The latest ICAEW/Grant Thornton Business Confidence Monitor (BCM) report tells us that, at +24, confidence is at its highest since 2010. But what’s in the data? What does it mean? Perhaps everything.
During the credit crunch, as a country, we printed billions of pounds, so there was even more money than before 2007. People in businesses of all kinds, most notably, but not exclusively, banks, chose to hold on to what they had. The flow of money dried up because people weren’t confident enough to invest or spend it.
BCM has been shown to be a very accurate predictor of GDP. We’re predicting the UK economy will grow by 1% next quarter – again something not seen since 2010. In fact, 1% growth is something we have only seen a few times since the middle of 2006.
So, what’s in the data to point to a steady period of growth? For the third consecutive quarter, confidence is positive across all regions and sectors. Northern England and Scotland are the most optimistic regions. London continues to recover confidence following a period below the national average. Confidence in Wales now stands above the national average – the second largest increase in confidence behind Northern England.
In SMEs, the trend matches that of larger businesses and the overall market, albeit that the confidence index is a fraction lower at +20. Previous data shows a steady increase of confidence from this sector – no knee-jerk reactions; just a measured, pragmatic response to the improving market.
Key findings for Q3 2013 show:
• The BCM Confidence Index stands at +24, up from +16.7 in Q2 2013 and at the highest level since Q2 2010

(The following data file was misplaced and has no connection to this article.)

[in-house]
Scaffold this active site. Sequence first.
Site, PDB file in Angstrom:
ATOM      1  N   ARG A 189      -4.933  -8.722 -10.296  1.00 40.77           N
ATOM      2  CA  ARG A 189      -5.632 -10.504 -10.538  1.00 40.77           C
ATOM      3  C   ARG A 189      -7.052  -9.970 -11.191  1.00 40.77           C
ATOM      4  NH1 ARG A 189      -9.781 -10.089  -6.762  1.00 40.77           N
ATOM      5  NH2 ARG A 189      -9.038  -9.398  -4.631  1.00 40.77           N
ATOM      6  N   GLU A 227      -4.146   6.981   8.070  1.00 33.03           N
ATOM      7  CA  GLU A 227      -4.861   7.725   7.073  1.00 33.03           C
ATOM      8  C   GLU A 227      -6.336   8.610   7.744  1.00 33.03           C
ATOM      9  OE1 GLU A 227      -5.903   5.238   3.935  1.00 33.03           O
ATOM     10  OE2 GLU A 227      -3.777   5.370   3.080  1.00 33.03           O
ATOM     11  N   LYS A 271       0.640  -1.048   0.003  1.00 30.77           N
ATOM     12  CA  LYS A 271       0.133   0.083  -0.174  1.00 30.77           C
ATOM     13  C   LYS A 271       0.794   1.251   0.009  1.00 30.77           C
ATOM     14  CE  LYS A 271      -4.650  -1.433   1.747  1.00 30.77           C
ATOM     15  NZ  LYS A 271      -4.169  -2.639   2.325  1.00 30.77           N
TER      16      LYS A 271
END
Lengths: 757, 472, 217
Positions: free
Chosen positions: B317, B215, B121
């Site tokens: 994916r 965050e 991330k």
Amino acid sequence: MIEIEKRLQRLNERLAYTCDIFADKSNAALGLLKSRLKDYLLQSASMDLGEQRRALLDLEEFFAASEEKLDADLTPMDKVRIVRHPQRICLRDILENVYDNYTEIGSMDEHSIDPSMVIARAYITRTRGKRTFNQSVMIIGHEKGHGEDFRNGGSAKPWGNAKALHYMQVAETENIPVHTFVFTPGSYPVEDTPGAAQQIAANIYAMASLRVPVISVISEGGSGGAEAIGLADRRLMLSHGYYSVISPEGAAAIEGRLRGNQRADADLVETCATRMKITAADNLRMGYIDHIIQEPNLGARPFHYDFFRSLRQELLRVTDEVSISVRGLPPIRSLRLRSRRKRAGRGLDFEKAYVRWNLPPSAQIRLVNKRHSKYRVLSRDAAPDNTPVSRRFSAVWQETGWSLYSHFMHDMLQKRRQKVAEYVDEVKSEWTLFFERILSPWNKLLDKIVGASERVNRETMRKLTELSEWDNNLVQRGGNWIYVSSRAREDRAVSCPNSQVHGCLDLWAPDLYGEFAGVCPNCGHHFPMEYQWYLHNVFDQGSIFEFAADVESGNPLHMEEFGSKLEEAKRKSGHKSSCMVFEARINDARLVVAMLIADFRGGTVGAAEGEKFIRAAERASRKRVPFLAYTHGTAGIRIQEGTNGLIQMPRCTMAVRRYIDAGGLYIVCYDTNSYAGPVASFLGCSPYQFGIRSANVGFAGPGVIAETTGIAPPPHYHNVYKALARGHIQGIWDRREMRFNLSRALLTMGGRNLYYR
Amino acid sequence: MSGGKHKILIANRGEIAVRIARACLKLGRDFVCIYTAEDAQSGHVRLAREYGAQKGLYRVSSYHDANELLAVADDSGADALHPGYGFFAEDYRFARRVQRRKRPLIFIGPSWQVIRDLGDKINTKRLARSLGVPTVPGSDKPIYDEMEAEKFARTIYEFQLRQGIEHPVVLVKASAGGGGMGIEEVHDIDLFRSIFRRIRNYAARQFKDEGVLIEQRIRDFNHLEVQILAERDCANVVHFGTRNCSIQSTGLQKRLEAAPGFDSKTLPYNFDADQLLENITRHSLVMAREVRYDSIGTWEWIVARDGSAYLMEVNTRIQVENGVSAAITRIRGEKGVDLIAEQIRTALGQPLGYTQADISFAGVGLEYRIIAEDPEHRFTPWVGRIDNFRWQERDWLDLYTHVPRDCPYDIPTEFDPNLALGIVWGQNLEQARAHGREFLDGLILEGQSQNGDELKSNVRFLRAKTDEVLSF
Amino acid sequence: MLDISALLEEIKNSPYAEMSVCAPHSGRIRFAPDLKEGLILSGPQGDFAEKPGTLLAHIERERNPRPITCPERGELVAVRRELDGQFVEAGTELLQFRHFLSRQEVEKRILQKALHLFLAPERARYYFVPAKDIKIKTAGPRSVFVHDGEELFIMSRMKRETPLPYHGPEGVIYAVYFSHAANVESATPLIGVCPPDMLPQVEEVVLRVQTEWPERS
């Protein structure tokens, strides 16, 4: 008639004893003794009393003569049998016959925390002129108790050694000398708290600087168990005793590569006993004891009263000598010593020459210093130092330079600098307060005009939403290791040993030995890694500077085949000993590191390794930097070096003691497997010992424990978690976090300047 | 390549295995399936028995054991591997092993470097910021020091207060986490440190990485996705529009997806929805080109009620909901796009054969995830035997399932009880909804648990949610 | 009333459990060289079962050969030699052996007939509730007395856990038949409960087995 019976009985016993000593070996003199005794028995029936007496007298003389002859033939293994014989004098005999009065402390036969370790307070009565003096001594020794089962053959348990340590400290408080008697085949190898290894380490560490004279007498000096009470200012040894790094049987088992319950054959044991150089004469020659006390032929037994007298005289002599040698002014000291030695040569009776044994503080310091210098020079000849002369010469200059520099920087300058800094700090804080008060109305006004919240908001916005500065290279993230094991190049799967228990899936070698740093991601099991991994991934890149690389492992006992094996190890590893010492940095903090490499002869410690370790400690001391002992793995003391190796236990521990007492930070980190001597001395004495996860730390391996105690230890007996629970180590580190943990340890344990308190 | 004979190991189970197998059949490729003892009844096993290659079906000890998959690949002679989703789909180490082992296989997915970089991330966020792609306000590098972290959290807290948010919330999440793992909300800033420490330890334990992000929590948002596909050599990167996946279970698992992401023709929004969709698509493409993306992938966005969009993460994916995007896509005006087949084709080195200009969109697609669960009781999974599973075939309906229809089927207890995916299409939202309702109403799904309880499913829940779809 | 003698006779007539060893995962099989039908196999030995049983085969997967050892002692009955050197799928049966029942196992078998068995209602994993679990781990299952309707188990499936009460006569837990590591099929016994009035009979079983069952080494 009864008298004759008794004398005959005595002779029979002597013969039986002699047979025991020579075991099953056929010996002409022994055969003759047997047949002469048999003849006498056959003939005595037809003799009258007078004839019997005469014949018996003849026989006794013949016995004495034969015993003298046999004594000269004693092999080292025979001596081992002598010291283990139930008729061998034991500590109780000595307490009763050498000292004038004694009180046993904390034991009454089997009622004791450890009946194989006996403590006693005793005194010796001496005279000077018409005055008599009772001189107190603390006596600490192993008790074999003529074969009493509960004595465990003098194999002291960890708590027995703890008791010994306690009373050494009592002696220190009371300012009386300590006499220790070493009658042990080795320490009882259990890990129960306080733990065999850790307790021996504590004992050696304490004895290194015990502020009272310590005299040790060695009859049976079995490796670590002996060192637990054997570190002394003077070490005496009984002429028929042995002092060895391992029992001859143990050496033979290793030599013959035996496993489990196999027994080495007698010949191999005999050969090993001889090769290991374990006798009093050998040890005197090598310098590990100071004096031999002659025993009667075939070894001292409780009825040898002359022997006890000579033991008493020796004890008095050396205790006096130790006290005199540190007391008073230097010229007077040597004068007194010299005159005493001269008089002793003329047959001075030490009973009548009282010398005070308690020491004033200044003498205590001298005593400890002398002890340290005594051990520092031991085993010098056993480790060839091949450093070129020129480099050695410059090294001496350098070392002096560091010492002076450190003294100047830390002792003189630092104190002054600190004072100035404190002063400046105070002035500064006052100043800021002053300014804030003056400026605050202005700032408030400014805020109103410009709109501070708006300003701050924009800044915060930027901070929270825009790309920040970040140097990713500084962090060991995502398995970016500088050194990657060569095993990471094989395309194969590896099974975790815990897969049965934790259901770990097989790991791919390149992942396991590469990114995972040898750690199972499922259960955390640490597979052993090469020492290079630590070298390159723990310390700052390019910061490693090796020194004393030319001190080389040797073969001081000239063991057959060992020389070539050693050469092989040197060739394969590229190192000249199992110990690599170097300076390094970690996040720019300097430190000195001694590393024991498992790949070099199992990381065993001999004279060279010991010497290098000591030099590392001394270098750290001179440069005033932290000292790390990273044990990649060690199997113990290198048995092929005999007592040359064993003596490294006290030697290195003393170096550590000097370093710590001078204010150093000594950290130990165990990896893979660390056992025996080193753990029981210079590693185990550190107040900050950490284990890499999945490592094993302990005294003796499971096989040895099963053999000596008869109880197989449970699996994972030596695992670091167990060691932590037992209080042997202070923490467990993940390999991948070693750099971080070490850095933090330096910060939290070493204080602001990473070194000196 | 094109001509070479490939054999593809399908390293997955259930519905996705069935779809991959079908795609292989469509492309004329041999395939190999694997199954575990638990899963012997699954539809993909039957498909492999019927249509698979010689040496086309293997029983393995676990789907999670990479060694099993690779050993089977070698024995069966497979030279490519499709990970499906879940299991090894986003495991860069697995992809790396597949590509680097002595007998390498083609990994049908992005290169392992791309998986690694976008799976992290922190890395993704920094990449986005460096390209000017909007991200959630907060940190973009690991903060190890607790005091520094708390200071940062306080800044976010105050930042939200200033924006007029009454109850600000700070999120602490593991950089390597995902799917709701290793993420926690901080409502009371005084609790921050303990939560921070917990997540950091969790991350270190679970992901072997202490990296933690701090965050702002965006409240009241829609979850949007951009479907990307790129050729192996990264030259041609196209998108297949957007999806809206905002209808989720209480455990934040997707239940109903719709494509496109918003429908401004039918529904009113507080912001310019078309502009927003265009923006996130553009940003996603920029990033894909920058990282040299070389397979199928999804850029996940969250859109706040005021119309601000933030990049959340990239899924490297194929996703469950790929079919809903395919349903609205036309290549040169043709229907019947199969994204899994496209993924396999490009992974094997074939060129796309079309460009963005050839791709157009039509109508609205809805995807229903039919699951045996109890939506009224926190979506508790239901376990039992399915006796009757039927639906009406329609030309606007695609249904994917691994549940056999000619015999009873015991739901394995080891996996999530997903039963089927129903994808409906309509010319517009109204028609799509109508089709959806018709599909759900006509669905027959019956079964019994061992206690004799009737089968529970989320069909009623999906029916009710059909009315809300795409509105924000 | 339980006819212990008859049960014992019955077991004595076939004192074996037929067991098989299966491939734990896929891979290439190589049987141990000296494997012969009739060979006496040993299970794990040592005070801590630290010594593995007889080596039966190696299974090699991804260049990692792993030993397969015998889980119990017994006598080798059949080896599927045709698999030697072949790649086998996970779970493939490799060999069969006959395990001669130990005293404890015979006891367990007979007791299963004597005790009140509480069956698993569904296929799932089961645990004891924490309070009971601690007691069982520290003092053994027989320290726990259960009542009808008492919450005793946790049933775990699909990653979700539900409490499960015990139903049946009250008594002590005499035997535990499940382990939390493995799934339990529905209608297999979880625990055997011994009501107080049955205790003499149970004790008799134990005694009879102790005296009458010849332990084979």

• The economy is expected to grow by 1.0% in Q3 2013 – this would represent the fastest economic growth since Q2 2010
• Businesses expect improvements in their turnover and profits for the next year, forecasting growth of 4.9% and 4.6% respectively
• Companies are looking ahead with plans to increase staff numbers by 1.6% in the next 12 months, while wages are expected to grow by 1.8%
• Confidence in the construction sector has rebounded strongly – an encouraging sign that the worst may be over for a sector hard hit by the economic downturn
• There are no signs, however, of an investment-led recovery, with capital investment growth low and limited increase in exports expected
Export growth is up, standing at 3.4% and, encouragingly, businesses are expecting growth of 4.1% over the next year. But, while businesses are increasing their exports, we are not seeing the levels of growth needed to deliver a trade-led recovery.
Decisions such as where to invest are still being made on a short-term basis, which explains the improvements in the housing sector and increased consumption by households. To get a stronger commitment from companies, and to ensure that a broad-based recovery has solid foundations, the government must continue to ensure the business environment remains conducive to growth.
You can view the the full report at http://www.icaew.com/en/about-icaew/what-we-do/business-confidence-monitor